Happy Father’s Day to all the folks out there who support and love their families on a daily basis. There are so many Black men who go unrecognized for the minor and major ways they contribute to the wellbeing and growth of their families and communities; it is an honor to be able to acknowledge and recognize them this year.
In the past I have written about my father, Theodore Greer and all of my amazing “uncles” in Omega Psi Phi Fraternity Inc. These men have contributed to my intellectual growth as well as my understanding of what friendship and perseverance truly mean. When I was a little girl and growing up, I was always told that if I were ever lost or needed anything anywhere in the world, I should find a Que. I have found that advice to be a foundation as I move through this world. The “Omega uncles” and my extensive network of “Que cousins” have brought me so many sources of joy through the years.
I am blessed this year to have a healthy family and to be able to celebrate Father’s Day with my dad and also my brother-in-law, Kenneth Polite. My sister is a medical doctor and during the pandemic spent countless hours at the hospital dealing with the surge of COVID-19 in their city. My brother-in-law literally held down the fort while the world seemed to be spinning out of control during those first intense months.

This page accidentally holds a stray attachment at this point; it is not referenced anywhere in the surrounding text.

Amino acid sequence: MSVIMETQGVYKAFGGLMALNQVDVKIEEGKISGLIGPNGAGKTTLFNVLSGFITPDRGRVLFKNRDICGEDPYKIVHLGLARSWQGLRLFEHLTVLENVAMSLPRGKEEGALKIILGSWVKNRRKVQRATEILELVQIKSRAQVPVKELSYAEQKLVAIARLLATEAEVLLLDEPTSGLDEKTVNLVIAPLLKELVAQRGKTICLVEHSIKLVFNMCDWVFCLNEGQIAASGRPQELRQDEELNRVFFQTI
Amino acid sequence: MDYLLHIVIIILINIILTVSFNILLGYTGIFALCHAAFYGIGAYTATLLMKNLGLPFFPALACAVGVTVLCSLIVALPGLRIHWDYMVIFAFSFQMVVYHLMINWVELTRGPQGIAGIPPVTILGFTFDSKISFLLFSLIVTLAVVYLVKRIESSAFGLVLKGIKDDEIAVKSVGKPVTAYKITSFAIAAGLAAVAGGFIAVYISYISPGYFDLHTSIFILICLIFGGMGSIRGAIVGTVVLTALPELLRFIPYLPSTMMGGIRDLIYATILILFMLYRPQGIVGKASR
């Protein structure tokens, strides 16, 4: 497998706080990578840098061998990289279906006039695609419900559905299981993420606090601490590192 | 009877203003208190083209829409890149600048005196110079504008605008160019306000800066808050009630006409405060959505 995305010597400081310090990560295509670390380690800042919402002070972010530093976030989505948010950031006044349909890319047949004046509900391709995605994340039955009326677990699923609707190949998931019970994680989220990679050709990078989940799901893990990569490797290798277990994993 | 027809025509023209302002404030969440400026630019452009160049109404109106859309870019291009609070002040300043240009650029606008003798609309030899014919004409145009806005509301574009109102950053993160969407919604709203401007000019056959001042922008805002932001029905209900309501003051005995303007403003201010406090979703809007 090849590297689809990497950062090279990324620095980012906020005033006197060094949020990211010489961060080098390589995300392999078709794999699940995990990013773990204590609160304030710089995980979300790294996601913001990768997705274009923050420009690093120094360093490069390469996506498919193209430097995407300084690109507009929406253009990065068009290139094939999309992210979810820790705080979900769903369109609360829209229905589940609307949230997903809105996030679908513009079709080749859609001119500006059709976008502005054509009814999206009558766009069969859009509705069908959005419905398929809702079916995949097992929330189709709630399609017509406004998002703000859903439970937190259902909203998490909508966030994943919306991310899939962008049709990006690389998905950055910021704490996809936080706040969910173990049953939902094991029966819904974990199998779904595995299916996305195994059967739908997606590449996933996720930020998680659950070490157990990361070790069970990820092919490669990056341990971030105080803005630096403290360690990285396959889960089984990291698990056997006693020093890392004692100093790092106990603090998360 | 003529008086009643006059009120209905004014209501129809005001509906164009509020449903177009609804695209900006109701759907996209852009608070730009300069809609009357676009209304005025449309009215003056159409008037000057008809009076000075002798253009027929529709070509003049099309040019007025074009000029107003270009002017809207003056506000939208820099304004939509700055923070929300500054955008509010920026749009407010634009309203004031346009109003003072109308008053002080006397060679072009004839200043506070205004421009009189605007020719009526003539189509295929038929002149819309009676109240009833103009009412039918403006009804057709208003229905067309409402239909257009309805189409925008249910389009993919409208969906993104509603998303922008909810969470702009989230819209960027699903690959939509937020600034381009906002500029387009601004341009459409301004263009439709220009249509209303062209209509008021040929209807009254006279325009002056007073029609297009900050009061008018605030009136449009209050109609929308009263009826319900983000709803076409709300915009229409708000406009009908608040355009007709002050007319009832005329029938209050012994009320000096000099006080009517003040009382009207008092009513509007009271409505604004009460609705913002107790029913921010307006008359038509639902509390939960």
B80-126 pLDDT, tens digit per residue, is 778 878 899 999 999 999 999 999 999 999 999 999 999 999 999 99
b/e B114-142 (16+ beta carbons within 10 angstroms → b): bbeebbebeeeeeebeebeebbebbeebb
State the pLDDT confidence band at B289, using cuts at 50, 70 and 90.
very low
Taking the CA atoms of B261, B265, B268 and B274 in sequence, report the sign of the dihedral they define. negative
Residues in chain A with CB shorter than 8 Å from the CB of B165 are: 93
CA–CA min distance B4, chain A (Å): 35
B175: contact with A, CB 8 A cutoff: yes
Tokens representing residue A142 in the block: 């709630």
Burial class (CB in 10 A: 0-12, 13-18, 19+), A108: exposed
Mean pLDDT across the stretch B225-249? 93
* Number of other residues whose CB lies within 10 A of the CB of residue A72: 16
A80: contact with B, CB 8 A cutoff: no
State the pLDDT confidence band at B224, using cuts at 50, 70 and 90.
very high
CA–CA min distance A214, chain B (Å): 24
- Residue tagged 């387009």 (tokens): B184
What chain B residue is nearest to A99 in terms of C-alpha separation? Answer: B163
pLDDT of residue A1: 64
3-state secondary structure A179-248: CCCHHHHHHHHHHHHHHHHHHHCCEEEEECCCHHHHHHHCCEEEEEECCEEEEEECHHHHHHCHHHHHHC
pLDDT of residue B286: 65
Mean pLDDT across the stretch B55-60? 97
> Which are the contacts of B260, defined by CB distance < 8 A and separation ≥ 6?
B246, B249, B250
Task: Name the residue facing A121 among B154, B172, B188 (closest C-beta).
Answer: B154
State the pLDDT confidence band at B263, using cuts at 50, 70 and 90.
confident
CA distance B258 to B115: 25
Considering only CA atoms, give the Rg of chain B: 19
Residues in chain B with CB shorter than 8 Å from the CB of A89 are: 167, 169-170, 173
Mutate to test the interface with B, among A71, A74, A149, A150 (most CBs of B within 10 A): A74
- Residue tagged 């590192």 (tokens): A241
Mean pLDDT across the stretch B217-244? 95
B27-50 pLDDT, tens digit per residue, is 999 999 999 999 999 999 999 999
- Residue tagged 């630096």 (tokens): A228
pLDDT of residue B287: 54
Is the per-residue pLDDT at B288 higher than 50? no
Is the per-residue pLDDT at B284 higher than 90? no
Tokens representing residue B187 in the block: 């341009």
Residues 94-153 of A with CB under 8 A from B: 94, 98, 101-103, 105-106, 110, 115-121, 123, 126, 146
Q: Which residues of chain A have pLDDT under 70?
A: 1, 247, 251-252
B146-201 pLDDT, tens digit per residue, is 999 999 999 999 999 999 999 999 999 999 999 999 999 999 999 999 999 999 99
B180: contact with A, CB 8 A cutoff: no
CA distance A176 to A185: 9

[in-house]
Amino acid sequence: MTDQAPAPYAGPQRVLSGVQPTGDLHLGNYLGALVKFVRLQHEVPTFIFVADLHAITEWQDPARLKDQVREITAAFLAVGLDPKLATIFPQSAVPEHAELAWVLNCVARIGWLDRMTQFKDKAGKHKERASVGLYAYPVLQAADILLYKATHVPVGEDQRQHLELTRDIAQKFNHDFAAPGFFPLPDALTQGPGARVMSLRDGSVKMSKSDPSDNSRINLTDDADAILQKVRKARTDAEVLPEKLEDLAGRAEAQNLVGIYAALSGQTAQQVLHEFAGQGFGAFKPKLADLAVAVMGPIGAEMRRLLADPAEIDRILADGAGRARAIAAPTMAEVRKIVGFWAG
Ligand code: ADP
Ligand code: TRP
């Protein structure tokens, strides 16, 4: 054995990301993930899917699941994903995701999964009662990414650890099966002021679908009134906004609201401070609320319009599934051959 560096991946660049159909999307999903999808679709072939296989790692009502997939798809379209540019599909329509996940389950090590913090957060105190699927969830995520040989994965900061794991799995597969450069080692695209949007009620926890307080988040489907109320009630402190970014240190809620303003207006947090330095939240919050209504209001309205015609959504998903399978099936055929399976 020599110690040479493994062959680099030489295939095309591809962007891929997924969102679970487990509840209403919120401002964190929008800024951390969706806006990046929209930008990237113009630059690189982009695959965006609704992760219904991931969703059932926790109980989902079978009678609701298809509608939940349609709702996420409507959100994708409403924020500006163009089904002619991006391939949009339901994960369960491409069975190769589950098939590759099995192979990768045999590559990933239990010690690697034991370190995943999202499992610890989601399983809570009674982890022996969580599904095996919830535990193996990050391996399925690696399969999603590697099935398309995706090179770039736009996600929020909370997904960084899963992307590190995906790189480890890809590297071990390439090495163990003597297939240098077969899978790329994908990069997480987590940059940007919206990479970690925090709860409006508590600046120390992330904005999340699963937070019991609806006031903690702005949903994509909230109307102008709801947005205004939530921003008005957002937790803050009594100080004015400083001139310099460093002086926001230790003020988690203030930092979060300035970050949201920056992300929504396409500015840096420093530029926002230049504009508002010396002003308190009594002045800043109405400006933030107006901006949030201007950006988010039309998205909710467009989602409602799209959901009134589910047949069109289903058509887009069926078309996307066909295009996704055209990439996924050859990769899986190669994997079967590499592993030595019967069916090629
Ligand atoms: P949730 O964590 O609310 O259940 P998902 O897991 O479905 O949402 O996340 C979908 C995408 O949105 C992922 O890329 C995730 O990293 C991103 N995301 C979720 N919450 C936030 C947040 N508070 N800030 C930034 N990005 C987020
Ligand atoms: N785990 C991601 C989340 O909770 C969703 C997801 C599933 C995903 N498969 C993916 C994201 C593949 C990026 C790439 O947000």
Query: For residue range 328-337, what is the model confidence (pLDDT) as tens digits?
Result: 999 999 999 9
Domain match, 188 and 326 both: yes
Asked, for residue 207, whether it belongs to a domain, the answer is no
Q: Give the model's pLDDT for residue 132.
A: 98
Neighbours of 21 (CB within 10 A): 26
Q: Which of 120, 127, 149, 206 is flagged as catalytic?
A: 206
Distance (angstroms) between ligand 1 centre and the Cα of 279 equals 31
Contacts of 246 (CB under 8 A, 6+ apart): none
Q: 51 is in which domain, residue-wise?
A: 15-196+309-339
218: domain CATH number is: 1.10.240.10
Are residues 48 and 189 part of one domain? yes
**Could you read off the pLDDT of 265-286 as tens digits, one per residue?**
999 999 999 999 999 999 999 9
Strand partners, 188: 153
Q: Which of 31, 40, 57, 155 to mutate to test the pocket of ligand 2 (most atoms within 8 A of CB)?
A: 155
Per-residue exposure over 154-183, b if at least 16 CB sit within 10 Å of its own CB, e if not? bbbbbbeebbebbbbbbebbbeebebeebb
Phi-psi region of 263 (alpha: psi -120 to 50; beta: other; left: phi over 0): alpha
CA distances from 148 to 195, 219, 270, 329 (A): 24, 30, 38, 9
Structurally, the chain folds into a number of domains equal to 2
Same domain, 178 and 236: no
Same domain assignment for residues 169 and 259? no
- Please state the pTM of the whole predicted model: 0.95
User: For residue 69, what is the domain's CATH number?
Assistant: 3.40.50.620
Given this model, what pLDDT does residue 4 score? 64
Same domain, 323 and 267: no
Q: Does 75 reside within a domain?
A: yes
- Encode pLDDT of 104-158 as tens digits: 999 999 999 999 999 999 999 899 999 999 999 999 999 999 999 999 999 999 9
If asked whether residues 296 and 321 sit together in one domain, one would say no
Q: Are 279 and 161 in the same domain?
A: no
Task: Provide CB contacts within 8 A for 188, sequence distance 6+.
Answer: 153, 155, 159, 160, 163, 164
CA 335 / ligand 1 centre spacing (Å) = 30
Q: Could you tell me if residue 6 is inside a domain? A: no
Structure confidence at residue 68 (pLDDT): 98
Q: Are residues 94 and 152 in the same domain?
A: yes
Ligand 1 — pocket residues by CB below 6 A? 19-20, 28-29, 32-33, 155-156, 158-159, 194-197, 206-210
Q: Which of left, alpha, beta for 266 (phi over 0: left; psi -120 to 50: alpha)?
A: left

As I look at my nieces, I see the product of love and hard work on behalf of my sister and brother-in-law. It feels awkward to type “in-law” since Kenneth is an integral part of my life as an older sibling. Since we are all now vaccinated and will be together on this Father’s Day, I hope we can all acknowledge the ways he has served as a foundational force for so many years, but especially this past year.
I know there are so many fathers out there who, especially this past year during COVID, have done so much to make their families and communities better. I know there are countless fathers who do so much to make their communities safer places to live and work. Many of these men do this work quietly and without much fanfare.
It is my sincerest hope that this Father’s Day is spent as a time to reflect on all of the men in our lives who have been instrumental to our development. Whether they are our actual fathers or men who have been pivotal to us in some way, we can think about the various lessons we’ve been able to learn from them. So, Happy Father’s Day out there to all the Black men who wear this crown.
Christina Greer, Ph.D., is an associate professor at Fordham University, the author of “Black Ethnics: Race, Immigration, and the Pursuit of the American Dream,” and the co-host of the podcast FAQ-NYC and also the What’s in It for Us podcast.